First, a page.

Dual Plugging Part 2 – Modifying the Bean Can
One of the benefits of dual plugging is that it can facilitate an increase in compression ratio for a given fuel. An increase in compression ratio can inturn be aided by increasing the engine speed at which maximum advance occurs.
The engine speed at which maximum advance is reached is dictated by the weight of the conterweights and the stiffness of the small retaining springs. Being a 1981 model, my bike was fitted with the earliest of hall effect beancans. These seem to have heavier counterweights. As a consquence, the springs are slightly stiffer than the later versions.
modifying older counterweights
I began by attempting to lighten the old weights by drilling them. This was disastrous! The older weights are case-hardened and nigh on impossible to scratch, let alone drill (even with tungsten carbide bits). So, if you have one of these older beancans, don’t attempt to drill them lest you destroy the weights and lots of good tooling (note cracks in the image above – and that was the good one!). Instead, grind in the safe area indicated.
As I didn’t go with this method, it is unclear how far up the rev range the point of maximum advance will be pushed if the indicated area is removed. However, it would be fairly safe to say that removing indicated area would push max advance up ‘a few hundred RPM’. You would have to make your own measurements to confirm.
When removing material from counterweights, both older and newer, make sure this is done as a pair with both weights securely clamped together in perfect register. This ensures that the same amount of material is removed from the same area of each counterweight.
modifying newer counterweights
After demolishing the counterweights of my ‘older’ beancan, it was off to the wreckers where I found a damaged can that cantained a pair of newer (undamaged) counterweights as pictured above. These weights are lighter than the older ones so it followed that using them with the stiffer springs of the older can should push proceedings up the rev range by an amount.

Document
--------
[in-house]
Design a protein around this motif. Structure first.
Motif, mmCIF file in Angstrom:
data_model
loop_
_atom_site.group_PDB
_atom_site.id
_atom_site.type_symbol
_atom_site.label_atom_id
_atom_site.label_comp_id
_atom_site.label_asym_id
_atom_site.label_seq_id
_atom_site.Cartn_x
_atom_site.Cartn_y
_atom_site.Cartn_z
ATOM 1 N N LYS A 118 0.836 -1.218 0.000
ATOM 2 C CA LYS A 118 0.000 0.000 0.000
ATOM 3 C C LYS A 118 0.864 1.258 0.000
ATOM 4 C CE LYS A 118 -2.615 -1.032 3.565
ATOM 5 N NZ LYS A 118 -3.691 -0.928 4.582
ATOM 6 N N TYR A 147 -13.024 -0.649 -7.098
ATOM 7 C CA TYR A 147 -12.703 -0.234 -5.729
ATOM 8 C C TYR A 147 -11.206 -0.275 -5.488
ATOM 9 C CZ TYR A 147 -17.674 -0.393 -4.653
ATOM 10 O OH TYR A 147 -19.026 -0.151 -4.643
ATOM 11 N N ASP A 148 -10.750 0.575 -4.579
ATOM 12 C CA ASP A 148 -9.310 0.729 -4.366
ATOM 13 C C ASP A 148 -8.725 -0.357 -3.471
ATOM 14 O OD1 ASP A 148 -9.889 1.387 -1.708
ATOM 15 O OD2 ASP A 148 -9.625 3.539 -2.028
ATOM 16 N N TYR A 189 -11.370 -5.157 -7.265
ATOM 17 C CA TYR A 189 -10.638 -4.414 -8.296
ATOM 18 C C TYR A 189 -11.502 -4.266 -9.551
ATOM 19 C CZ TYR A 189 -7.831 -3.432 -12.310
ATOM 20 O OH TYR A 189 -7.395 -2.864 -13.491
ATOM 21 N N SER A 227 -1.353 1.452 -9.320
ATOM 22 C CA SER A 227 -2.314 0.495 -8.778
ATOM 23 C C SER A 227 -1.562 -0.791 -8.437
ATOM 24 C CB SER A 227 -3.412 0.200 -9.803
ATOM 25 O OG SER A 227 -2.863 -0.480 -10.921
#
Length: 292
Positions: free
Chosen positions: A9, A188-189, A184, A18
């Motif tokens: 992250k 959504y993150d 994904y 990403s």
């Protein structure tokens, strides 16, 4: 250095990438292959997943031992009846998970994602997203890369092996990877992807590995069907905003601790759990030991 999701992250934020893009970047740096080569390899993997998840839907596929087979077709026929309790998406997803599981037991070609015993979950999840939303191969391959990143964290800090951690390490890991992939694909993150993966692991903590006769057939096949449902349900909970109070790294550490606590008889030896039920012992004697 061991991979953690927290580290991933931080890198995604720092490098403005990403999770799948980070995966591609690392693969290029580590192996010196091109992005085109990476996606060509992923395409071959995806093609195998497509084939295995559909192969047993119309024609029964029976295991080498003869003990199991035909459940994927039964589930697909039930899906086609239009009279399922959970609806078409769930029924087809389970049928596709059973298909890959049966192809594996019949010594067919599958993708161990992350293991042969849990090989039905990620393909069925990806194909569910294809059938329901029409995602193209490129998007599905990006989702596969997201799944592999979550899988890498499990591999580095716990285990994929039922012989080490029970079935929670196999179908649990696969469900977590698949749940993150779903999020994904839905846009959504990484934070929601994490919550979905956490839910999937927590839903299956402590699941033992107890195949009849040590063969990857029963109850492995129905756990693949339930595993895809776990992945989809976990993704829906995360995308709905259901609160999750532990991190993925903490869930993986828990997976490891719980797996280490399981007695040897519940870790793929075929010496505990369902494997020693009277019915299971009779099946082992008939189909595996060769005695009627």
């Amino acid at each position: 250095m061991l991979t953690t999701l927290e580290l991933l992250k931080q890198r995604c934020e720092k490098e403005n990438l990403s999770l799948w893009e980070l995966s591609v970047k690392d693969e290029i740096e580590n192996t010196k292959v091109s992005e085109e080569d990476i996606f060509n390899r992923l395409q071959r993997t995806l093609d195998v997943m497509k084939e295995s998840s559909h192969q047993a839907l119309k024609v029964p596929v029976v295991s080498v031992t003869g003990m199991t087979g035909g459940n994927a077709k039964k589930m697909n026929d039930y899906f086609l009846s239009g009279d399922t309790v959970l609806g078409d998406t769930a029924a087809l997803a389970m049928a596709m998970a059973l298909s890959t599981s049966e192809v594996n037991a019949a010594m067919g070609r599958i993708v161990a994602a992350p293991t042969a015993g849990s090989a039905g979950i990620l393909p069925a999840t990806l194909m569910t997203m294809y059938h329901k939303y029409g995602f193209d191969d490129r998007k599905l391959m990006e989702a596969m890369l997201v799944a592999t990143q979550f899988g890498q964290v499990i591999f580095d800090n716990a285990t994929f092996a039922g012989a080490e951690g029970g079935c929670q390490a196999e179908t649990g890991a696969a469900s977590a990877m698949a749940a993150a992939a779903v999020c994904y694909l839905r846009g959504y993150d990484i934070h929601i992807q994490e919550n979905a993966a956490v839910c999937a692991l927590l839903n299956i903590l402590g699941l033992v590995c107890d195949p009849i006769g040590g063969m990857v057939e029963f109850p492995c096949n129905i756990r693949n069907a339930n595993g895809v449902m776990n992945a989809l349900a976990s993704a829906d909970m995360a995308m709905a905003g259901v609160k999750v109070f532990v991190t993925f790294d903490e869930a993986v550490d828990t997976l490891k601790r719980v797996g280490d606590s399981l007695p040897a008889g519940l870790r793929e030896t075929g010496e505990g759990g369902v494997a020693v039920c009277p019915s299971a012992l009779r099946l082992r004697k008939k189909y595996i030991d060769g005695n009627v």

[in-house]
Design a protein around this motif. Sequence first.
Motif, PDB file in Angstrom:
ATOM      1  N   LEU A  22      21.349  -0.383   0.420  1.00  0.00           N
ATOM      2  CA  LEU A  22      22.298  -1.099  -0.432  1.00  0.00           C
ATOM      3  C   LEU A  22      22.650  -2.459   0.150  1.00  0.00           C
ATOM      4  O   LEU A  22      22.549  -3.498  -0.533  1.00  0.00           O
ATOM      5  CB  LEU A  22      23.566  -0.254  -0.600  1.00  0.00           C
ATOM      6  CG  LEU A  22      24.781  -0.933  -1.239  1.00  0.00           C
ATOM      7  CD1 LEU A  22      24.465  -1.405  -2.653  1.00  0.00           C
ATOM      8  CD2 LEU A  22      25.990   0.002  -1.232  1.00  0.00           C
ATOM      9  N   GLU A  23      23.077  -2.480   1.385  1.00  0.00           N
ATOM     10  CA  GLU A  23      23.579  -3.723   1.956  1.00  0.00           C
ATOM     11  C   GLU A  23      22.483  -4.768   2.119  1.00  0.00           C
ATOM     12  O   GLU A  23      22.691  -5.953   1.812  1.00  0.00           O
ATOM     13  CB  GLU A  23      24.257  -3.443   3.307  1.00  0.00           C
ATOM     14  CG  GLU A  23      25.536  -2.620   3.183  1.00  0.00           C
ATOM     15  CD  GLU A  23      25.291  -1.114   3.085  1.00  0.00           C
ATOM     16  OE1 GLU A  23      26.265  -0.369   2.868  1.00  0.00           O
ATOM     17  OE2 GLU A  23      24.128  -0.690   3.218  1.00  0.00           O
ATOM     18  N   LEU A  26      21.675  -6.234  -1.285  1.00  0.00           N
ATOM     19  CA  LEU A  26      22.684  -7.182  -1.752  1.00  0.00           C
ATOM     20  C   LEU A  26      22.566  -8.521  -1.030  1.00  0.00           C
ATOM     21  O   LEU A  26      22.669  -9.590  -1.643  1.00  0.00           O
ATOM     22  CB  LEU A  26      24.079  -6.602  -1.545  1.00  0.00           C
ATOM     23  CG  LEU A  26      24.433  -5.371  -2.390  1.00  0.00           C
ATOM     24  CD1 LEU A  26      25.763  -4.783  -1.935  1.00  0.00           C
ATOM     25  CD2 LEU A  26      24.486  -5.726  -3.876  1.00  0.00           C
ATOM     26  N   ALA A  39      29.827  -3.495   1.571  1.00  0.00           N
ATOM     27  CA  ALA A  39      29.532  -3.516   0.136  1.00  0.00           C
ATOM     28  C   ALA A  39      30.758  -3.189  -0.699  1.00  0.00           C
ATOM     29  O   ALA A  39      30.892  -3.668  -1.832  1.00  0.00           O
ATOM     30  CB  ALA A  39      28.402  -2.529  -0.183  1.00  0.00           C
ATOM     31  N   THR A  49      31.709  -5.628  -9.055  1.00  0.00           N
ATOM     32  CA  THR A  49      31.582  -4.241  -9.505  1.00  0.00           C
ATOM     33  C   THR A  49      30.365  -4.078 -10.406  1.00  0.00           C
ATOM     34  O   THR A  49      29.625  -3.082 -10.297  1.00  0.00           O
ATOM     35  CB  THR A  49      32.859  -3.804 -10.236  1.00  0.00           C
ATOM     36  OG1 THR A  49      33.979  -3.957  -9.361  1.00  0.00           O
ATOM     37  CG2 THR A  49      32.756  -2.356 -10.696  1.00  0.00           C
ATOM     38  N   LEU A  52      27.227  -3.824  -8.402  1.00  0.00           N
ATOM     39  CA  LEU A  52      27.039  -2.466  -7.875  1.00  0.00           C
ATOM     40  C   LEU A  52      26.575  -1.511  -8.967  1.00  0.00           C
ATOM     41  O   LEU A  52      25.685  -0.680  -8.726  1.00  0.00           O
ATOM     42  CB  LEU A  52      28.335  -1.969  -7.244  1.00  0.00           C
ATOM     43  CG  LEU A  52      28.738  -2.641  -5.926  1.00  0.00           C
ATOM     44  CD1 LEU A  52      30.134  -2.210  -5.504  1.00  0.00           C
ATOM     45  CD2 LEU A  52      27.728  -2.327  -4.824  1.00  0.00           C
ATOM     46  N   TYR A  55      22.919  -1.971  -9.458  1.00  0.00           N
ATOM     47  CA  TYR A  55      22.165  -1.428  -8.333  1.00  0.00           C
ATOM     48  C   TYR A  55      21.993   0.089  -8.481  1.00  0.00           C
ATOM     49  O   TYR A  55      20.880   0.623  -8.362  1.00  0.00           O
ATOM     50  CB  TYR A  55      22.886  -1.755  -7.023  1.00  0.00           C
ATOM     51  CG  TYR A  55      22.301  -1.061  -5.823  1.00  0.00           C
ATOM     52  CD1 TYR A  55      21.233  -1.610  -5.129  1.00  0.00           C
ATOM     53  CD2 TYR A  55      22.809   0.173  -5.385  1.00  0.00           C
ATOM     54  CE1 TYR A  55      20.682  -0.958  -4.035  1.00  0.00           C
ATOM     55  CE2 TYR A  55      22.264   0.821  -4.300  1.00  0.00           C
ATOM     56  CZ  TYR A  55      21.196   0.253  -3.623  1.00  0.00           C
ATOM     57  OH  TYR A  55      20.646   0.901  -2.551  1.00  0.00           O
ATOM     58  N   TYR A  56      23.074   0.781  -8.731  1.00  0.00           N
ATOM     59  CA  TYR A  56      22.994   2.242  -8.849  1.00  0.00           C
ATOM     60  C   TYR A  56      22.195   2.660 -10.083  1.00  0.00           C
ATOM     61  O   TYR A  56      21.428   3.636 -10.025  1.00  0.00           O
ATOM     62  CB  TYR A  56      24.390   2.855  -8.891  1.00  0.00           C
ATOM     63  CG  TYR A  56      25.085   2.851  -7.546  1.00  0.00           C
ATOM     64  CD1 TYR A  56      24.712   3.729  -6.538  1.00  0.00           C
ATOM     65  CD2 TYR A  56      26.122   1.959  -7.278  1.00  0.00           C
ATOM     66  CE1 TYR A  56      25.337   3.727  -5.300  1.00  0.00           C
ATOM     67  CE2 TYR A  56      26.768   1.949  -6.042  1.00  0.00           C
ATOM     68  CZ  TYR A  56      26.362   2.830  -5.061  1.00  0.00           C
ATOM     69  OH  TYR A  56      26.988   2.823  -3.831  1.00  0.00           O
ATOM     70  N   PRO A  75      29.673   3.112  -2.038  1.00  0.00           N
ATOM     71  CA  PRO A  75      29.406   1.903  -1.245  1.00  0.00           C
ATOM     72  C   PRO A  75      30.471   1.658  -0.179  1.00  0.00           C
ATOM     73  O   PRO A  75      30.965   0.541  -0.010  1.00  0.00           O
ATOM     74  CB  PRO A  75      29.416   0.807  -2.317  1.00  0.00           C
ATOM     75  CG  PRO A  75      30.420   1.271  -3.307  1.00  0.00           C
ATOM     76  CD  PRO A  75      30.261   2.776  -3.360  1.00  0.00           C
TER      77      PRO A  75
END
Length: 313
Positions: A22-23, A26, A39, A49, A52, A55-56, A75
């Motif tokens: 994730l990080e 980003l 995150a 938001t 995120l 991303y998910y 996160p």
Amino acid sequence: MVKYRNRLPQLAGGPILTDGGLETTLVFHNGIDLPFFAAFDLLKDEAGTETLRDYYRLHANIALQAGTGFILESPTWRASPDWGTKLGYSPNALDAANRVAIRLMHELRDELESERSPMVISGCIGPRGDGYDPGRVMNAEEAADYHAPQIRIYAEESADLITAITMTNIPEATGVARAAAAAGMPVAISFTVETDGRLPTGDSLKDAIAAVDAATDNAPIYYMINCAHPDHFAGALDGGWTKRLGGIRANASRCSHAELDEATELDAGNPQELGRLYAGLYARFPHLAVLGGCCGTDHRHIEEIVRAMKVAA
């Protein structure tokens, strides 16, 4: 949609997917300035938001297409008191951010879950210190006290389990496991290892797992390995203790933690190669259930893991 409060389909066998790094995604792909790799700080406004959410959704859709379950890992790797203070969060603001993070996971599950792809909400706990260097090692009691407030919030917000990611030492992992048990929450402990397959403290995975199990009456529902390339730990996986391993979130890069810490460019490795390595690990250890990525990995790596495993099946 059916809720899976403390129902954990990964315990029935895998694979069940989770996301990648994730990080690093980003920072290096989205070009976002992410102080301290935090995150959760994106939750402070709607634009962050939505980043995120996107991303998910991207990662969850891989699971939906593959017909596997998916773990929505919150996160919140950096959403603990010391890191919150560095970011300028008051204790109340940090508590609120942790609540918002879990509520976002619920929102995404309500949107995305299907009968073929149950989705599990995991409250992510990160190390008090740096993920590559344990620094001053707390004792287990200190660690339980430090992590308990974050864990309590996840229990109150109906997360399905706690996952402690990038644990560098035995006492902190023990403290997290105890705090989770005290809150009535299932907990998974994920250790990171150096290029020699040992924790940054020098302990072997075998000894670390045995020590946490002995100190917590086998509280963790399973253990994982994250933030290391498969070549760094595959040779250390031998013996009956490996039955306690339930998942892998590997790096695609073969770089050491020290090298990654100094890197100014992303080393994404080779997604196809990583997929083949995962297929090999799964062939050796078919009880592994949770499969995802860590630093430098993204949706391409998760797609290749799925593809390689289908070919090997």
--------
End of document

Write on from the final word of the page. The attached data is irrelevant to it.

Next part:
In addition to this, on an intuitive whim, I ground the little knob off the top of each weight as shown above.
The measured result of these mods were to push the point of maximum advance up to around 3750 RPM.
If you don’t have the stiffer springs of the older can to use with newer weights then you are limited to the removal of material from the weights. The good news is that the newer weights are not case hardened and can be drilled which is what many folk have indeed done. So the common trick of drilling a 1/4″ is OK in this case.
setting the maximum advance
Remembering that with the second camp as described here, the timing at idle is set close to stock – maybe 1-2 degrees further retarded. Therefore, in order that maximum advance is retarded to around 28 degrees, the range of the beancan needs to be restricted. The first method I used was to place a couple layers of shrink tube over the tabs – this proved to be a dumb idea.
The other well known method is to bend each tab inwards by about 2mm. Use a vernier to make sure that you bend both the same amount. Then put everything together in the bike, set idle timing to 4-5 degrees and use a strobe to check that the maximum timing is 28 degrees as you rev up the engine. Remember that 1 degree of crank angle shows up as about 2mm along the flywheel so at 28 degrees, the Z mark should be hovering around the bottom of the viewing port depending on the model as expained in Part 1.